While searching for the title of my first novel, I have taken to stretching my writing legs on a regular basis. With two screenplays finished and another in the early development stages, I decided to write a short story that I outlined way back when I was in high school.
A little background, I am a huge fan of The Twilight Zone.
Even at the age of fifteen, this black and white golden oldie with its clever social parables and morality tales wrapped up in the guise of fantasy always intrigued me, keeping me on edge waiting for every twist and turn it promised from the opening credits. Of course it inspired me to throw together several stories of my own. All told, I conceptualized about 78 of them for a proposed television series I dubbed The Darkest Corners.
Of course, being in high school and having not heard of three act structure, character arcs and other such niceties to be found in literature, most of them were clumsy, forgettable, or downright preachy.
One tale told of an abusive man who beats his girlfriend, but soon mysteriously begins to take on her injuries. Another told a group of friends who are promised millions if they spend one night in an abandoned house, only to find they are intended as food for a monster hiding in the woods. Looking over them now, they were not nearly as interesting as I had once thought.
Except one. One that was originally entitled Two, but has since been re-named The Phantom in the Pit.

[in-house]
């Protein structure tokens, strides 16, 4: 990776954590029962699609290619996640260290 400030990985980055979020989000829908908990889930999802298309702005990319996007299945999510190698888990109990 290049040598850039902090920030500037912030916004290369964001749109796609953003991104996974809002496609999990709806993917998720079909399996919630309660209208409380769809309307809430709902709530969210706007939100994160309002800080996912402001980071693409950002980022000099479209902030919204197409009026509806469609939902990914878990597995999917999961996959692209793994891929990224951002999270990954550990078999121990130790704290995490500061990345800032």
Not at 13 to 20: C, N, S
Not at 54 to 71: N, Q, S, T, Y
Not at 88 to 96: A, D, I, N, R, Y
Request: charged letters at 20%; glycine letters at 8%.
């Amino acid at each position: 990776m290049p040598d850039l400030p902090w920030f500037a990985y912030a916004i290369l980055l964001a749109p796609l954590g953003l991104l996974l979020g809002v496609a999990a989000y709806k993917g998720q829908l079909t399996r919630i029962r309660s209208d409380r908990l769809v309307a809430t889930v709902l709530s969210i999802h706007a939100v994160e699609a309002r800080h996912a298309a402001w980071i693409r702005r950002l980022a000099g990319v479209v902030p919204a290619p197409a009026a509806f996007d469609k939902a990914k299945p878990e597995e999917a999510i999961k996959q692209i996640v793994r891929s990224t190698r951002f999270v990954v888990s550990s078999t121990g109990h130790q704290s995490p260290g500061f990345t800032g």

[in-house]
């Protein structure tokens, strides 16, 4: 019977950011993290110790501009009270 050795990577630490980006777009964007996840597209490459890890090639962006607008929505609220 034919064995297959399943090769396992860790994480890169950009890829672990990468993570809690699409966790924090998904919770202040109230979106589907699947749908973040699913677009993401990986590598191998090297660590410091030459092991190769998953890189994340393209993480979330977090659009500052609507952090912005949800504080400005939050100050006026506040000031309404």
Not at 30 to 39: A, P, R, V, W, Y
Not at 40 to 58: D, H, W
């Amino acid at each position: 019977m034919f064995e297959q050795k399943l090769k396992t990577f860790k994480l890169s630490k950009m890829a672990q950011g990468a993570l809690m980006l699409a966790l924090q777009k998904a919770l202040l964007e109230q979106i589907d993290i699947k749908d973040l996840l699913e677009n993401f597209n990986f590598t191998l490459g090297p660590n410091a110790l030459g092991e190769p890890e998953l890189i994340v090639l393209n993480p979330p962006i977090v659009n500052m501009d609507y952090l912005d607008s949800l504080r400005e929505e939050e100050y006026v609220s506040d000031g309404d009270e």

This horror story is the bizarre little tale of Phillip, a man with multiple personality disorder, and Joshua, one of Phillip’s delusions. One night, Phillip goes on a crime spree, killing several people after a perceived rejection at work. Ironically it is Joshua, not Phillip, who has a conscience and desires for Phillip to stop. The bitter conflict escalates into a war where the winner will control Phillip’s body.
The Phantom in the Pit does have some cerebral elements that rekindled my interest. The story is told from Joshua’s point of view, where he is confined to a section of Phillip’s mind that he calls The Pit, a prison of sorts within which he can only communicate with Phillip, not control him. Joshua recalls for the reader his sad existence as Phillip’s delusion, telling how he watched his vessel slowly throw his life away and drag him down right along with him. Joshua even contemplates if he truly exists, or if he is just a product of Phillip’s own internal battle.
I have been working on this story off and on for the past few weeks. I have so far written 7000 words for the story, bringing it to about 20 pages, so I am a little over halfway done with it. Once this draft is completed, I will let it sit for a spell, then go over it a second time to polish it before posting it here.
Working on it has been quite fun, and oddly energizing. Writing is a lot of hard work, and sometimes it is easy to forget just how fun it is when you really get in that state where the words just leap from your mind to the page.
Expect to be reading The Phantom in the Pit very soon.